Wing damage may remarkably shorten the lifespan of insects by imposing additional costs on their flight performance (Combes et al., 2010), reducing the prey capture success (Combes et al., 2010) and increasing the risk of being captured by predators (Rodd et al., 1980). The results of the present study suggest that some parts of the wings may be adapted to be more damage-tolerant than others. The information on the biomechanical adaptations and mechanisms contributing to the high resistance of these wing regions is likely to help researchers to design more durable biomimetic structures. Future research is planned to monitor the formation and temporal progression of damage in dragonfly wings under natural conditions.
MATERIALS AND METHODS
The S. vulgatum dragonflies were caught near Nyzhny Mlyny (Poltava Province, Ukraine) during mid-September 2016. The insects were anaesthetized with chloroform vapour and air-dried at room temperature. In the laboratory, the wings were carefully separated from the bodies using a sharp razor blade and scanned under an optical surface scanner microscope (VR-3000 Series, Keyence, Osaka, Japan). These procedures comply with ethical guidelines at Kiel University. The obtained digital images were examined to determine whether individual wings contained any damage. Among 119 investigated wings (63 forewings and 56 hindwings from >30 dragonflies), 48 forewings and 44 hindwings were found to have damage in different levels.
To measure the area loss, an image of an intact wing was selected and overlaid onto the image of each individual damaged wing. The intact wing image was then resized and reoriented to match the dimensions of the damaged wing under investigation. Through this method, we were able to identify the missing edges of our damaged wings, in reference to the intact wing. ImageJ image processing software (https://imagej.nih.gov/ij/) was used to mark and then measure the area of the damaged parts of the wings, as a fraction of the whole wing area.
A custom MATLAB script (available on request) was employed to calculate the probability of damage in different wing regions. To this end, we first had to introduce an ‘idealized’ wing. An intact wing image was selected and scaled, in both spanwise and chordwise directions, to achieve a length and width equal to the mean length and width of the collected wings, respectively (forewing length 28.53±0.41 mm; forewing width 6.97±0.29 mm; hindwing length 27.52±0.51 mm; hindwing width 9.89±0.31 mm). This process was performed separately for both fore- and hindwings, allowing us to introduce an idealized forewing and an idealized hindwing. In this step, the wing images with marked damaged parts were imported into the MATLAB script. The individual wing images were then automatically oriented and resized to match the dimensions of their corresponding idealized wings. This resulted in a set of wing images, of which all had the same orientation and dimensions. The coordinates of the pixels in the marked regions in each single image were collected with respect to the most proximal point at the wing base, as a fixed reference point, and stored in a cell array. Finally, the number of repetitions of the stored pixels with the same coordinates was calculated and divided by the number of the analysed images.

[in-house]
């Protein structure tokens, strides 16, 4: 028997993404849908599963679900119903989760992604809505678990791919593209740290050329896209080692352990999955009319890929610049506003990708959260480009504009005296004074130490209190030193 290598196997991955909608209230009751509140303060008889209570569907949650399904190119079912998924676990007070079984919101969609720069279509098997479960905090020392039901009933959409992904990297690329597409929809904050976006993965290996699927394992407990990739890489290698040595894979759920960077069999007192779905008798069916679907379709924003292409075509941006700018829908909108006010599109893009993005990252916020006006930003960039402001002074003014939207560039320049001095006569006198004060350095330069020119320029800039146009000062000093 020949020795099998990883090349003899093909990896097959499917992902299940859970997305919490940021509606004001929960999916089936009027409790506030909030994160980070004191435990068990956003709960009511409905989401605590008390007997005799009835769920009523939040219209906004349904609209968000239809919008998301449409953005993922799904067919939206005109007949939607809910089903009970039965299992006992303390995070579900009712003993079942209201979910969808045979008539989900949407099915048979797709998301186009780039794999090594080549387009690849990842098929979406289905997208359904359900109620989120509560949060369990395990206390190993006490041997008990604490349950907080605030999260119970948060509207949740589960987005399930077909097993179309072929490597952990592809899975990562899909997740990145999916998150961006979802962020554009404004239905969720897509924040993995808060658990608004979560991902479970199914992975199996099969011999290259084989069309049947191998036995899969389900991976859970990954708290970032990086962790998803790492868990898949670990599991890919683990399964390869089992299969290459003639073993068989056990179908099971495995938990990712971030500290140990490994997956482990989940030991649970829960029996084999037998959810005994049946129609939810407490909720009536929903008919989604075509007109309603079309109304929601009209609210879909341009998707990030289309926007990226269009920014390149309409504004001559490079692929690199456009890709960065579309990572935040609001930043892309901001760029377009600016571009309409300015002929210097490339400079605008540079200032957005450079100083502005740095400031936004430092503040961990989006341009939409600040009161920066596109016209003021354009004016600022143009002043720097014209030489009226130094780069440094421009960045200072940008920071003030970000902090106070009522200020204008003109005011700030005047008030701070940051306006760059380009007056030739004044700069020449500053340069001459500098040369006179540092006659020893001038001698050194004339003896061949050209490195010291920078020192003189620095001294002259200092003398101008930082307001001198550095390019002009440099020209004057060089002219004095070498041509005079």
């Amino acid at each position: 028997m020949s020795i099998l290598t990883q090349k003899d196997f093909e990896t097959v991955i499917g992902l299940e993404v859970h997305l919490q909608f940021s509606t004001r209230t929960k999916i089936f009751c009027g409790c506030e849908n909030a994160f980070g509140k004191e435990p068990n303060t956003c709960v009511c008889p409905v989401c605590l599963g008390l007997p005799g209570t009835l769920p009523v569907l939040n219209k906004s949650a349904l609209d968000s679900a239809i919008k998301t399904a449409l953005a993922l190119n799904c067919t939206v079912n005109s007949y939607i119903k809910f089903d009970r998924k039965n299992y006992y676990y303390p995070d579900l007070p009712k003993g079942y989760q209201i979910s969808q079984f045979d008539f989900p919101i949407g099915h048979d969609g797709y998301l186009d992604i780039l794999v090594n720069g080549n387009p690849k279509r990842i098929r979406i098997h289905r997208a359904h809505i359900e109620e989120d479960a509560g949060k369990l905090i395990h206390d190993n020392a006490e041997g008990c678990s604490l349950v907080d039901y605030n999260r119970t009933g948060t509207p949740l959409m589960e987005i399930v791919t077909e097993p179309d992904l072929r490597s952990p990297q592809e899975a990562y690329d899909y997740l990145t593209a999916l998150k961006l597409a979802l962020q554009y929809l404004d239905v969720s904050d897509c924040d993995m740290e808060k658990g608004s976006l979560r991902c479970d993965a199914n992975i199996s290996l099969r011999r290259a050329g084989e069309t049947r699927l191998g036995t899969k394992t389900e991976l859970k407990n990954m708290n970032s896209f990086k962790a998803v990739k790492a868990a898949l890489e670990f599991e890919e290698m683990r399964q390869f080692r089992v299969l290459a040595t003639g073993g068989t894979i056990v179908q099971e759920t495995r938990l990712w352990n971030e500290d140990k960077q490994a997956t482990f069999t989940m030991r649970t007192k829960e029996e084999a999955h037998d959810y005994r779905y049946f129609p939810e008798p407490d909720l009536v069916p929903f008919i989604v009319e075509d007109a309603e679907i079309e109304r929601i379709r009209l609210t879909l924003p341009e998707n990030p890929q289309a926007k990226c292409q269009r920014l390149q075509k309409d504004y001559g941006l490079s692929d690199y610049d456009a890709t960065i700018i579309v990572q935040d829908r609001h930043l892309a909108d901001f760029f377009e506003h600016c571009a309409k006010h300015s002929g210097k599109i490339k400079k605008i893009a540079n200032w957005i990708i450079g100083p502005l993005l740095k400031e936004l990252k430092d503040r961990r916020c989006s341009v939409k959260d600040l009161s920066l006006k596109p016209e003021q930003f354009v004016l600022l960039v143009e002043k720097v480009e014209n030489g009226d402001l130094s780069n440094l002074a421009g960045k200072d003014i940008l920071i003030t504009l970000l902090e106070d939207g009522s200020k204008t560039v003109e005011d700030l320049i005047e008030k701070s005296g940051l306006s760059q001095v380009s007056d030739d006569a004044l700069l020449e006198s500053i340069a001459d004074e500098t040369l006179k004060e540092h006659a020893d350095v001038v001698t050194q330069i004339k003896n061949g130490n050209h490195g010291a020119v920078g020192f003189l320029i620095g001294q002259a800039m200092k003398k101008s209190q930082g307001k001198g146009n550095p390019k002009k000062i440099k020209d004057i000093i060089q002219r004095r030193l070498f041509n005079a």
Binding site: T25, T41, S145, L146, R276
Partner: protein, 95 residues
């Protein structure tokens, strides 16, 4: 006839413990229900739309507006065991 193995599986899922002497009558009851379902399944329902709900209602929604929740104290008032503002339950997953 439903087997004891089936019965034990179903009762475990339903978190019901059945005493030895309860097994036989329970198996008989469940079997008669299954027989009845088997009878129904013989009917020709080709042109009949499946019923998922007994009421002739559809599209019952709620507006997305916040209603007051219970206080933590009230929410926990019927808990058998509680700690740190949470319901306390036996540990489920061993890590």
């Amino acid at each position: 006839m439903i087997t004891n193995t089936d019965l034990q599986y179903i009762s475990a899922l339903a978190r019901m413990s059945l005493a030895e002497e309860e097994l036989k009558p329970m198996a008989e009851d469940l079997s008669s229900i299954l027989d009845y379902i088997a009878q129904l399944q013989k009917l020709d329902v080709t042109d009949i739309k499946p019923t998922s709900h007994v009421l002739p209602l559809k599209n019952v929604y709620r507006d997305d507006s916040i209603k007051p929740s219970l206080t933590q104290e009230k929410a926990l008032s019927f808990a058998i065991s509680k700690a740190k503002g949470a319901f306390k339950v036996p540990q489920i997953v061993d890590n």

The data from measurements were tested for significant differences. Since the data sets were unpaired and non-normally distributed, the nonparametric Mann–Whitney U-test was utilized.
We further employed a scanning electron microscope (Hitachi S-4800, Hitachi High-Technologies, Tokyo, Japan) to identify the type of damage in the insect wings. The wing samples used in the microscopic studies were mounted on holders using carbon Leit-Tabs (Plano GmbH, Wetzlar, Germany). An EM SCD 500 high-vacuum sputter coater (Leica Microsystems, Mannheim, Germany) was utilized to coat the samples with a thin layer (8-9 nm) of gold-palladium. The specimens were imaged at an accelerating voltage of 3 kV.
We thank Prof. David Taylor (Trinity College Dublin) and Halvor T. Tramsen (Kiel University) for discussion and helpful comments. We also thank Ms. Zeynab Ranjbar (Ahrar Institute of Technology and Higher Education) for her assistance regarding the preparation of images for DIP.
Conceptualization: H.R., S.N.G.; Methodology: H.R., V.S., S.N.G.; Software: S.E.; Formal analysis: H.R., V.S.; Investigation: H.R., V.S., S.N.G.; Resources: S.N.G.; Data curation: H.R., V.S.; Writing - original draft: H.R.; Writing - review & editing: H.R., S.N.G.; Visualization: V.S., S.N.G.; Supervision: H.R., S.N.G.; Project administration: H.R., S.N.G.; Funding acquisition: H.R.
This study was supported by Federal State Funding (to H.R) at Christian-Albrechts-Universität zu Kiel (Kiel University) and Landesportal Schleswig-Holstein within the funding programme Open Access Publikationsfonds. The funders had no role in study design, data collection and analysis, decision to publish, or preparation of the manuscript.
Images of the analysed wings can be found online at https://doi.org/10.6084/m9.figshare.5104453.v1. The MATLAB script is available on request.
The authors declare no competing or financial interests.